4. Eat organic and natural foods. In the past century, billions of tons of chemicals have been applied to crops and farmland, administered to animals (in the form of antibiotics) and released into the air from factories and industrial plants. These toxins, says Drs.Dr. Eades, further the damage to our already overworked livers, which ultimately leads to the accumulation of more fat. While it's impossible to eliminate body toxins all together, we can significantly limit them by choosing naturally-raised meats, sustainably-farmed produce and buy organic and natural food products whenever possible.
5. Steer clear of High Fructose Corn Syrup (HFCS). Americans eat more sugar and other sweeteners than any other food, including meat, veggies and milk. And those sweeteners (mainly in the form of concentrated fructose) are causing our bodies to pack our livers with fat, says Dr. Eades. Historically, fatty liver disease was associated with excessive and chronic alcohol consumption, but is now seen in roughly one-third of Americans with no history of significant alcohol intake. Dr. Eades sees this as an emerging epidemic and believe that concentrated fructose (as seen in HFCS) is responsible.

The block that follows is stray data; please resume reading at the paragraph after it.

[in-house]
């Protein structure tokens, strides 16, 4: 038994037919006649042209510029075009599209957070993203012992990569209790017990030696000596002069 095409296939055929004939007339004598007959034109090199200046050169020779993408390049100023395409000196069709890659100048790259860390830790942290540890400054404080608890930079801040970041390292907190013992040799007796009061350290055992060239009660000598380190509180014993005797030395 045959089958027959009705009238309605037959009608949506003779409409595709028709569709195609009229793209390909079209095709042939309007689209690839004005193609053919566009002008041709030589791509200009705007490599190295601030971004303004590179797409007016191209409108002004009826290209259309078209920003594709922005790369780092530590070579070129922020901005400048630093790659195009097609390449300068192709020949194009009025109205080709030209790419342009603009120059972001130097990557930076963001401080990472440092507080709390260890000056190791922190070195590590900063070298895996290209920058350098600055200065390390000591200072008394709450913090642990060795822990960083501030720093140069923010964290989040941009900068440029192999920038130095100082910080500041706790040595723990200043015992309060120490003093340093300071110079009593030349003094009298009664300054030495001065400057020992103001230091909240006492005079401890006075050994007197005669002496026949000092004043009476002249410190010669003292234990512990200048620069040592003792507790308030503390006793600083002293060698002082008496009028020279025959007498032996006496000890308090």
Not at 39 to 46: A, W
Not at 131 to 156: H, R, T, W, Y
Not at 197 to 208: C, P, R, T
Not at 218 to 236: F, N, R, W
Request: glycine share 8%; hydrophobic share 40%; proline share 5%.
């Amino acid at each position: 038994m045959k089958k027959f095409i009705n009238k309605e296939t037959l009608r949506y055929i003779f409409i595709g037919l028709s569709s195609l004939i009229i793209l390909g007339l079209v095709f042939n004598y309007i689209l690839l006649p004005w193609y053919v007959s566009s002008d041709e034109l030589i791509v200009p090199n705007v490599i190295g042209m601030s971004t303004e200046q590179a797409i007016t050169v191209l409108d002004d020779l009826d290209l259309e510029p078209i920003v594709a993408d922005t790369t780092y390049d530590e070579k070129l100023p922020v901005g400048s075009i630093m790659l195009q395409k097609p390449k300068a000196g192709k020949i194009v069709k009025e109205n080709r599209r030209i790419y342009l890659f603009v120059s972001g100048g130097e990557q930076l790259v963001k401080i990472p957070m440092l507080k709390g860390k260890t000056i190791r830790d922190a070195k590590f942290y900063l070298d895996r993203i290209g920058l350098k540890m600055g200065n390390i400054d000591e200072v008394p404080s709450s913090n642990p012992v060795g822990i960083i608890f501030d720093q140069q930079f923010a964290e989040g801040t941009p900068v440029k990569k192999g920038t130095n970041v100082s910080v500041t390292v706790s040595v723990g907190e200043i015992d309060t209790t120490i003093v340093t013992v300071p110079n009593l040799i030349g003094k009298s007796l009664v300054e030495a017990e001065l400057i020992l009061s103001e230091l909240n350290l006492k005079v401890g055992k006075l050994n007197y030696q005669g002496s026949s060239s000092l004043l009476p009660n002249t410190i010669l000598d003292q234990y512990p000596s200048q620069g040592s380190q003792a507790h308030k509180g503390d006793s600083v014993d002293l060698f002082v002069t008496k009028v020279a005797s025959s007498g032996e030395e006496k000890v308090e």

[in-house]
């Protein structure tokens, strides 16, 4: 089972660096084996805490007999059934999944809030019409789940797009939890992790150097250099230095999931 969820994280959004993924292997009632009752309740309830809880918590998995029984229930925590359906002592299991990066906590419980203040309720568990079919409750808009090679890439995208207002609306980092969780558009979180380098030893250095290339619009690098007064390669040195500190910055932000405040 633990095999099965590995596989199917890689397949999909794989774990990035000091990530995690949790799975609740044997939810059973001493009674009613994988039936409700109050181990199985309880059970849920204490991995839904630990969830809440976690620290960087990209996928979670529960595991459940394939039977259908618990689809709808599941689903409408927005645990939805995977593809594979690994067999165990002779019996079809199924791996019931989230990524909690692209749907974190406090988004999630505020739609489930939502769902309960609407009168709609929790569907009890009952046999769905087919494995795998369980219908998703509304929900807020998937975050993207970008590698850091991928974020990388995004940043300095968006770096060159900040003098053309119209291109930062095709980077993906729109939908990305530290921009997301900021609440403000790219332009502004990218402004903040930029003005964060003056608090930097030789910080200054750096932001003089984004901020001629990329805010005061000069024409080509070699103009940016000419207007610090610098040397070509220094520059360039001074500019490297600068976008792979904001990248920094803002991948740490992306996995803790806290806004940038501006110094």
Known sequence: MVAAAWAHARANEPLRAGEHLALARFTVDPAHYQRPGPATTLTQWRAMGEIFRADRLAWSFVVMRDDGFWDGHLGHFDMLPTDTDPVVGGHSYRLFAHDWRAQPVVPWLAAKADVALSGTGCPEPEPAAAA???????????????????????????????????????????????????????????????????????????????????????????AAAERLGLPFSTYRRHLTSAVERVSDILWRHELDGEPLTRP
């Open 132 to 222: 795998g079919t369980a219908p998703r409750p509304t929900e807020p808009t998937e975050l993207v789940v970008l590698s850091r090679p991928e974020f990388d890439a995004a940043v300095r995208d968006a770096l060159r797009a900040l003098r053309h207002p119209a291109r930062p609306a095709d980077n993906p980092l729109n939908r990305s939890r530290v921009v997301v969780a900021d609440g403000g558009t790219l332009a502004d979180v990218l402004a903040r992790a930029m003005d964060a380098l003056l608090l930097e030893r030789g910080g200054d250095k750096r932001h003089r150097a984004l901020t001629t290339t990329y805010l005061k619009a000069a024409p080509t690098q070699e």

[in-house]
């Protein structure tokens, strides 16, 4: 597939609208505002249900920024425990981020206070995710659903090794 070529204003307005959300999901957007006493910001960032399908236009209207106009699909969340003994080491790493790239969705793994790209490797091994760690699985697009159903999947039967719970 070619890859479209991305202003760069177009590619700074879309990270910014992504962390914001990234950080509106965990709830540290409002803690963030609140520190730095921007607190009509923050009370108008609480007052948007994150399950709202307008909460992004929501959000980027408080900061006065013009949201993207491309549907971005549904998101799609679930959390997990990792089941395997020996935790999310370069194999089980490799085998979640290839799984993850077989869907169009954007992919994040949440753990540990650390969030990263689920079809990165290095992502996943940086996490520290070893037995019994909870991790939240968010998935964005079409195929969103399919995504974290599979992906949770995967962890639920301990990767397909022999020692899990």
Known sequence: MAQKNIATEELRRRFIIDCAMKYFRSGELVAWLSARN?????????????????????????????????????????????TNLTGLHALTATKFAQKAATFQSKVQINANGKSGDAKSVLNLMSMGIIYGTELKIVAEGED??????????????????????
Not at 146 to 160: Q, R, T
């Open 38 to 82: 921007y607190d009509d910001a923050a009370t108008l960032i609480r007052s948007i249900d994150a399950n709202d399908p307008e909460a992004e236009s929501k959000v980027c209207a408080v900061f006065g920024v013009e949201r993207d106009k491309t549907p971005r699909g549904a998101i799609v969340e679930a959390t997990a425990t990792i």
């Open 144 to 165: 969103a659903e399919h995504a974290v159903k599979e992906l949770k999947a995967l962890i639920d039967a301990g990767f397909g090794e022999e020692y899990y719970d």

6. Sleep more. There's a fair amount of evidence that levels of melatonin -- a hormone produced by the brain during sleep -- decline during middle age. The consequence of decreased melatonin production is a disturbance in the appetite-suppressing hormone leptin. Melatonin production begins around dusk and continues through early morning. Getting a good night's sleep will help maximize melatonin production. Dr. Eades recommends aiming for at least seven hours a night.
While the Drs. Eades make a compelling argument, and have based their new program off the successes they found over the years treating 10,000 patients with low-carb diets at their clinical practice, there is little scientific research supporting the long-term use of low-carbohydrate, high-fat diets over reduced-calorie programs. Judith Stern, Sc. D., a nutrition professor at UC Davis and founder of the American Obesity Association, warns that while you may feel good at first, most of the weight loss is water weight and probably not sustainable long-term. Moreover, she strongly discourages any plan that restricts fruits and vegetables. "Limiting any one food group is a bad idea. You can't get all you need from a diet like this. The long-term effects of a carbohydrate-restricted diet on cognition and health are still unknown."